Steak houses exist outside my normal standards for restaurants. Whereas usually I like to observe the subtle choices chefs make in similar dishes and look for merit or fault within these confines, properly prepared meat in a steak house is either the greatest steak in the world or not. There is no grey area. Either it tastes like the best I have ever had or like a miserable facsimile of the best I have ever had and therefore a waste of time.
Over my lifetime, what this steak is has changed. In my adolescence, it was the 4-inch sirloins my dad would grill at least once a weekend. Later, my dad read a New York Times article about dry aging and convinced our local butcher to dry age beef for us. This was a special occasion thing because it involved planning and money, but when it would happen it was awesome. Later, I started buying aged strip steaks at Ottomanelli's, seasoning them with sea salt and black pepper, and grilling them in a Webber kettle over lump charcoal that had been started in a chimney.
This remains the best sirloin I have had anywhere, ever, so why go out for steaks? Lugar's porterhouse. I have heard the tales of butter and rendered lard and so on used to top Lugar's steak, but I believe at its heart what makes their steak great are the same three things that make all the great steaks great: quality meat, the right amount of high intensity heat, and the right amount of coarse salt and pepper for the chosen cut. I believe there is a little wiggle room in making a good steak (which is why you must accept possible change), depending on the cut and the heat method, but the reason one place always so far beats all its competition is there is an exactly right ratio of cut, quality, heat, time, and seasoning. Which is why there is no reason to order anything but porterhouse at Lugar's, and no reason ever to order filet mignon at a steak house.
Usually, I go to Strip House for one of two reasons: either I have an overwhelming urge for a great piece of beef, the kind only to be found in New York, or someone has dragged me to another chop house insisting that it has meat equal to or better than the chops that top my list of the greats (Lugar's porterhouse, Strip House's rib chop and Keen's mutton) and, having tried this person's proposed equal, I develop a taste for my preferred that can only be sated by committing to a big meal.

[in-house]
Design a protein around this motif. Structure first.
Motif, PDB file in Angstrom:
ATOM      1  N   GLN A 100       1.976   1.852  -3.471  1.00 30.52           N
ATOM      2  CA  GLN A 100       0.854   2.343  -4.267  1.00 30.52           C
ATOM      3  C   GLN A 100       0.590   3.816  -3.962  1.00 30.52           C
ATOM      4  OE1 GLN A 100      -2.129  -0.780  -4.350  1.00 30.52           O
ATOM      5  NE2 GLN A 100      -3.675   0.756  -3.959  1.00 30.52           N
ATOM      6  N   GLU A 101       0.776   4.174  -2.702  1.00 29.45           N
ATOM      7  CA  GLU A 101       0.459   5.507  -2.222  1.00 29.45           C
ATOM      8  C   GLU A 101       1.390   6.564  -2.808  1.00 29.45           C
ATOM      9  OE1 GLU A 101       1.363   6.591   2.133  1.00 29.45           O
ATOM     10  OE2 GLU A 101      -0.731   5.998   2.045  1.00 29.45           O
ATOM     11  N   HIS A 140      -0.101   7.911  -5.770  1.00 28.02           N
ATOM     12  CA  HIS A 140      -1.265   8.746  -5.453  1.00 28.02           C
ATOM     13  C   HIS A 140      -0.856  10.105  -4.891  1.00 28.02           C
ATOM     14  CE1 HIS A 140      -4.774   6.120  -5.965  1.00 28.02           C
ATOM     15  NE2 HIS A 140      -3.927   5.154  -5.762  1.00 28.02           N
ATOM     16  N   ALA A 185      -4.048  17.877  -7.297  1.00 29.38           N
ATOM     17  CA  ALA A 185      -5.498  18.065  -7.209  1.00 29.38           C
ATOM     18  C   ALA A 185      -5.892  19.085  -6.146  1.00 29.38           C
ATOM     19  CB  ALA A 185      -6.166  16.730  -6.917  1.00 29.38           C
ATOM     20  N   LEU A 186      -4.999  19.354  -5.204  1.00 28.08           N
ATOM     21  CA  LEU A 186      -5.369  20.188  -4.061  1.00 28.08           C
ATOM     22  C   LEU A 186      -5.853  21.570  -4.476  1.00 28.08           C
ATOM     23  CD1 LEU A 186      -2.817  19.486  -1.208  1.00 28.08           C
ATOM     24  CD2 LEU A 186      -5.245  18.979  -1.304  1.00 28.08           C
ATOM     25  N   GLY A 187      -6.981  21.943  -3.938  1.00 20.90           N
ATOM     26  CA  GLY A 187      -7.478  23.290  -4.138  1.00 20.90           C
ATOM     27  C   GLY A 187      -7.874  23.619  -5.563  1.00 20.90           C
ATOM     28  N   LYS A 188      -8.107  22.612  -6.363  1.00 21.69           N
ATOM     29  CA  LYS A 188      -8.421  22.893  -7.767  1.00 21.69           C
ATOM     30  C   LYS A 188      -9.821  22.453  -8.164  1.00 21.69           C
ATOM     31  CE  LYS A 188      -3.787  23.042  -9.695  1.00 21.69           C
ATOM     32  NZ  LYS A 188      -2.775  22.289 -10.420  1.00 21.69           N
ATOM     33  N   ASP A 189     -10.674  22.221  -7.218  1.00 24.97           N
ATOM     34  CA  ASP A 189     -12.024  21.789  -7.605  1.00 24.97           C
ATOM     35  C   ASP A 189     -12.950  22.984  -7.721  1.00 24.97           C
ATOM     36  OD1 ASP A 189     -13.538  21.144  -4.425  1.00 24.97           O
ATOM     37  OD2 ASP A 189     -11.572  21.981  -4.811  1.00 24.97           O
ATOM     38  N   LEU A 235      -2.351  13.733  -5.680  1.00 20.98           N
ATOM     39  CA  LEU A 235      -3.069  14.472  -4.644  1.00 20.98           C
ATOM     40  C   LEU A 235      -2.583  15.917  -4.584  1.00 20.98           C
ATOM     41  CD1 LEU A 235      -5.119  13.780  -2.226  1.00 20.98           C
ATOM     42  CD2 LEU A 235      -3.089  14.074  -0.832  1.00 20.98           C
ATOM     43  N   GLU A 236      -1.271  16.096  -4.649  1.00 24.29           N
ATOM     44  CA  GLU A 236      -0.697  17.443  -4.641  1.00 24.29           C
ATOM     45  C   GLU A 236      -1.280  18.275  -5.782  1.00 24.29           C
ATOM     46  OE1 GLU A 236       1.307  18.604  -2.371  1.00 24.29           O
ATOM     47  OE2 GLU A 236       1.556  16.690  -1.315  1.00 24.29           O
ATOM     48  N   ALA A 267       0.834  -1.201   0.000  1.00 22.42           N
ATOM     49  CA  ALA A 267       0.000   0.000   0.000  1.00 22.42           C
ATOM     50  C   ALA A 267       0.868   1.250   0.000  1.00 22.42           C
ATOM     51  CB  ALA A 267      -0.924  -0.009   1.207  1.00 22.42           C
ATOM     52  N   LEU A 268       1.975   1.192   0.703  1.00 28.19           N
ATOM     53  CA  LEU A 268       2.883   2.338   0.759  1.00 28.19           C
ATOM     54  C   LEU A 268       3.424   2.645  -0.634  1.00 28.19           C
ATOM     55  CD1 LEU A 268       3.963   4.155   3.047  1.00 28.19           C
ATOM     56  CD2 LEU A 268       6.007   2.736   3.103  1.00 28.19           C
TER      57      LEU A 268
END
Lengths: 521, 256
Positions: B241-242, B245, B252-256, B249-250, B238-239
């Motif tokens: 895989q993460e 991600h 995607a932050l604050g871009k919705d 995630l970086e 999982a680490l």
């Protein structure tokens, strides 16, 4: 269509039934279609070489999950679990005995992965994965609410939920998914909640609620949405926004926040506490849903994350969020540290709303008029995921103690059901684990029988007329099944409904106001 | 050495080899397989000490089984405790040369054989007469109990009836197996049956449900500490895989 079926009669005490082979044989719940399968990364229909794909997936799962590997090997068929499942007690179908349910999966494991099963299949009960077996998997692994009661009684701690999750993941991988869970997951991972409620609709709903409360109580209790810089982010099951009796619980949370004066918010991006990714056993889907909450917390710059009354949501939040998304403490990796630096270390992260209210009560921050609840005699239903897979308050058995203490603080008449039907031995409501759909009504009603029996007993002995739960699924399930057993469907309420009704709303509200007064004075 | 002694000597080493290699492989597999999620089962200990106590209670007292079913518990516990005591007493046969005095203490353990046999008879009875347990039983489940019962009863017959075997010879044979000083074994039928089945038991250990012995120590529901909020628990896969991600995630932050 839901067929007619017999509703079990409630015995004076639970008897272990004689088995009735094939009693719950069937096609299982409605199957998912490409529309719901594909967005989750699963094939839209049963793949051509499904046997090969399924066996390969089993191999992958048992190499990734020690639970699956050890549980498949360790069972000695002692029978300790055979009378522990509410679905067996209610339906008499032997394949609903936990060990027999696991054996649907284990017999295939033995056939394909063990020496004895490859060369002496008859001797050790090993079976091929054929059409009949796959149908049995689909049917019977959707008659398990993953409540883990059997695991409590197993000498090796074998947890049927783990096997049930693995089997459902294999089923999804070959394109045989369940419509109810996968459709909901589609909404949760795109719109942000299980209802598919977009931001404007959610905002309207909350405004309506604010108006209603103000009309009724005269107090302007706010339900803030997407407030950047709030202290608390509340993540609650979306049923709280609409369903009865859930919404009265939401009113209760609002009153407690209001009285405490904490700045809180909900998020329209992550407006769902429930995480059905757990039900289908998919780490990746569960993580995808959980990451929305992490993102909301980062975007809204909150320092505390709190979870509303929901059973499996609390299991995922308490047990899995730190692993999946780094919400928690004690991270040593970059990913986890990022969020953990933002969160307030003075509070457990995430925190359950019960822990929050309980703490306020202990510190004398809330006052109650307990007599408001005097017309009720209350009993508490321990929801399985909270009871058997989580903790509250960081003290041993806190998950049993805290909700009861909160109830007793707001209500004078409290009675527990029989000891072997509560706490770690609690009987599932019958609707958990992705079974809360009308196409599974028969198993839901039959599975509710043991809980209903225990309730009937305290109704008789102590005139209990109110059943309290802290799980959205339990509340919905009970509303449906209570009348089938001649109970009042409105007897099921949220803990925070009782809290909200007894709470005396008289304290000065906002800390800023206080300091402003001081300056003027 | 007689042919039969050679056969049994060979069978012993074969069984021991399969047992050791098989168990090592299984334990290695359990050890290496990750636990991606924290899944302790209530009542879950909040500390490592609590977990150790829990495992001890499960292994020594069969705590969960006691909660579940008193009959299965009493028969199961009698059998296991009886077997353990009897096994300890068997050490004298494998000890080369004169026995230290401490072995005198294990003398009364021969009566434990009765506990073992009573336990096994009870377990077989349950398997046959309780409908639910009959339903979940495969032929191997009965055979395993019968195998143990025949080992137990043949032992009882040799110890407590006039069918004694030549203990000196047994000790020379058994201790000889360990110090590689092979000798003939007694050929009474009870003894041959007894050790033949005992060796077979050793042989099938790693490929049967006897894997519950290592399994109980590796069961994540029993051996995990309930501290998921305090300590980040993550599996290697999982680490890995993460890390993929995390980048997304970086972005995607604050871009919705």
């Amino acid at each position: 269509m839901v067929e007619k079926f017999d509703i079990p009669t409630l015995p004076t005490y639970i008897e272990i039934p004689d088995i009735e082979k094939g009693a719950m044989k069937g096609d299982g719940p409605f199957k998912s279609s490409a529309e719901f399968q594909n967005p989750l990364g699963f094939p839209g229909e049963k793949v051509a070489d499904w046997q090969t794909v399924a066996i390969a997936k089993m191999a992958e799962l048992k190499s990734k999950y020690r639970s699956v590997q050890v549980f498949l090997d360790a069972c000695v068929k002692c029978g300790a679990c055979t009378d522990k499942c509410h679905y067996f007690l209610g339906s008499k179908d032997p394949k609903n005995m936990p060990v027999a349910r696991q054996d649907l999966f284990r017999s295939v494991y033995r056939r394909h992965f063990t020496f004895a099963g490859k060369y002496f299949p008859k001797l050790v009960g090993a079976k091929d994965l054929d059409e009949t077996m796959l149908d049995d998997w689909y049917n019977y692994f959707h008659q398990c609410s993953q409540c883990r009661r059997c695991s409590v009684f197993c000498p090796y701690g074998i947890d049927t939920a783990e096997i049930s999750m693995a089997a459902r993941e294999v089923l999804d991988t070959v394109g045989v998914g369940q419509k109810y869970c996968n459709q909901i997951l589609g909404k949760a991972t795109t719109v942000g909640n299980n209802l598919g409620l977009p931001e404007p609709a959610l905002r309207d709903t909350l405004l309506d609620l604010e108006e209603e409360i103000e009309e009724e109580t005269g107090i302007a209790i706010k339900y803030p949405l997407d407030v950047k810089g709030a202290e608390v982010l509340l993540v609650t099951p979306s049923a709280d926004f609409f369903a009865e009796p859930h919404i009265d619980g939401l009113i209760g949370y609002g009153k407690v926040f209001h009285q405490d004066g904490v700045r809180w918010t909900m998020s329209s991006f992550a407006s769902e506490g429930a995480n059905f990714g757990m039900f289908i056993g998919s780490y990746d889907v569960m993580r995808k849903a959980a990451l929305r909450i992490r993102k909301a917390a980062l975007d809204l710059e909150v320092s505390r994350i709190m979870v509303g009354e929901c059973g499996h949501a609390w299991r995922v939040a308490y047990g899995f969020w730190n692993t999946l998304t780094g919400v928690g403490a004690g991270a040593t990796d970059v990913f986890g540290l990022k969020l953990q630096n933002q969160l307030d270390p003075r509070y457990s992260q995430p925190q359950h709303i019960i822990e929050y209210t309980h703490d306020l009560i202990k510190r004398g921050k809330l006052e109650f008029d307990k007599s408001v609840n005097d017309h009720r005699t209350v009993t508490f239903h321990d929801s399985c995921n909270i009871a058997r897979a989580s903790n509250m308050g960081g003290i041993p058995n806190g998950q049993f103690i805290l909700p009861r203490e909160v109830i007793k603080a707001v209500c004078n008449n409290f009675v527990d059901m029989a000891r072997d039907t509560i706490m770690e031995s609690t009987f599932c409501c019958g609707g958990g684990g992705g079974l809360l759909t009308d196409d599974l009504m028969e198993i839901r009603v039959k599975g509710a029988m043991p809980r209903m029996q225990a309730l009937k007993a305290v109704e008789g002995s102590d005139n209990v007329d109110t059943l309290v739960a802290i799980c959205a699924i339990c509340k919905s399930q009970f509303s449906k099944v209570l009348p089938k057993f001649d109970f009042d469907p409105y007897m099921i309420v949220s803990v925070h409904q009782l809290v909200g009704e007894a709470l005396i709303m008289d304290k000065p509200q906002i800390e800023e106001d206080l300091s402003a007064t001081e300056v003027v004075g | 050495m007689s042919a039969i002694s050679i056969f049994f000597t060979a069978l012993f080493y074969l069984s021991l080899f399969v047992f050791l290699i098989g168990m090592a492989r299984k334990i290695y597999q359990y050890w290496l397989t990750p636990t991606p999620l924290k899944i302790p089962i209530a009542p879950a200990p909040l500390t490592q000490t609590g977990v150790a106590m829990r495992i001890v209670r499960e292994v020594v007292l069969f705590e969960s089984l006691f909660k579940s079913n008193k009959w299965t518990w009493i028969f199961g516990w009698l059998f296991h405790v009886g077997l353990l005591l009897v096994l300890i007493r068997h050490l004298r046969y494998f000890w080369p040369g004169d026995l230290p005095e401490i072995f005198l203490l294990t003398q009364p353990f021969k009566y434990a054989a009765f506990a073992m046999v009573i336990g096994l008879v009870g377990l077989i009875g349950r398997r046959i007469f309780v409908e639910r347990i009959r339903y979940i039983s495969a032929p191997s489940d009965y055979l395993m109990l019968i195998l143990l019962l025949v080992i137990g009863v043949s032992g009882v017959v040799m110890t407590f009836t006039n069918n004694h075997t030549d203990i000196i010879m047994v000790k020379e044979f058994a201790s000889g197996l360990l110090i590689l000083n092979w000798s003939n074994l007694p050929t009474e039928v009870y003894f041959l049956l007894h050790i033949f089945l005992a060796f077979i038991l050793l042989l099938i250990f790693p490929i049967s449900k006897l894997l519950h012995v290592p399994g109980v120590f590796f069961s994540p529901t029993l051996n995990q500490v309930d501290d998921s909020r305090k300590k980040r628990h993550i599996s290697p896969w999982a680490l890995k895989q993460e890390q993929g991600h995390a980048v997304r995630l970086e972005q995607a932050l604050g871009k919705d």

This time, my Strip House trip was inspired by having gone to Del Frisco's and tried their rib chop. At this point, the rib chop at Strip House is reigning champ in my book for the best rib chop, best steak in Manhattan, and best adaptations of standard steakhouse sides.
When Strip House first opened, to get things rolling they had a special on Sunday nights that offered certain selections on the wine list for wholesale prices. I probably went one Sunday a month in those days. Once I had had the rib chop about 20 times I started trying their other offerings and, after some successful and unsuccessful experimentation, I have settled into a standard order that I probably get 4 out of 5 times.
Lobster bisque. True lobster bisque in that it is not lobster chowder or cream of lobster soup, all heavy and chunky with overcooked bits of lobster meat, but rather the perfect aroma of lobster captured in the luxurious richness of hot cream. It is as if a cappuccino maker was somehow involved in frothing it to keep it as light and sweet as lobster should be. The bisque is poured on a crisp wonton, with a cannel of crème fraiche and a little sliced lobster meat.
The bone-in-rib chop medium rare. In general, I like steaks either rare or Pittsburg, but early in my visits to Strip House a waiter explained that the chef suggested medium rare for this steak because the amount of fat strata inherent to the cut would melt to a more pleasing point at medium rare then my oft-preferred versions of blue. I tried it his way a couple times, tried it my way again, and decided he was right: this steak is best medium rare.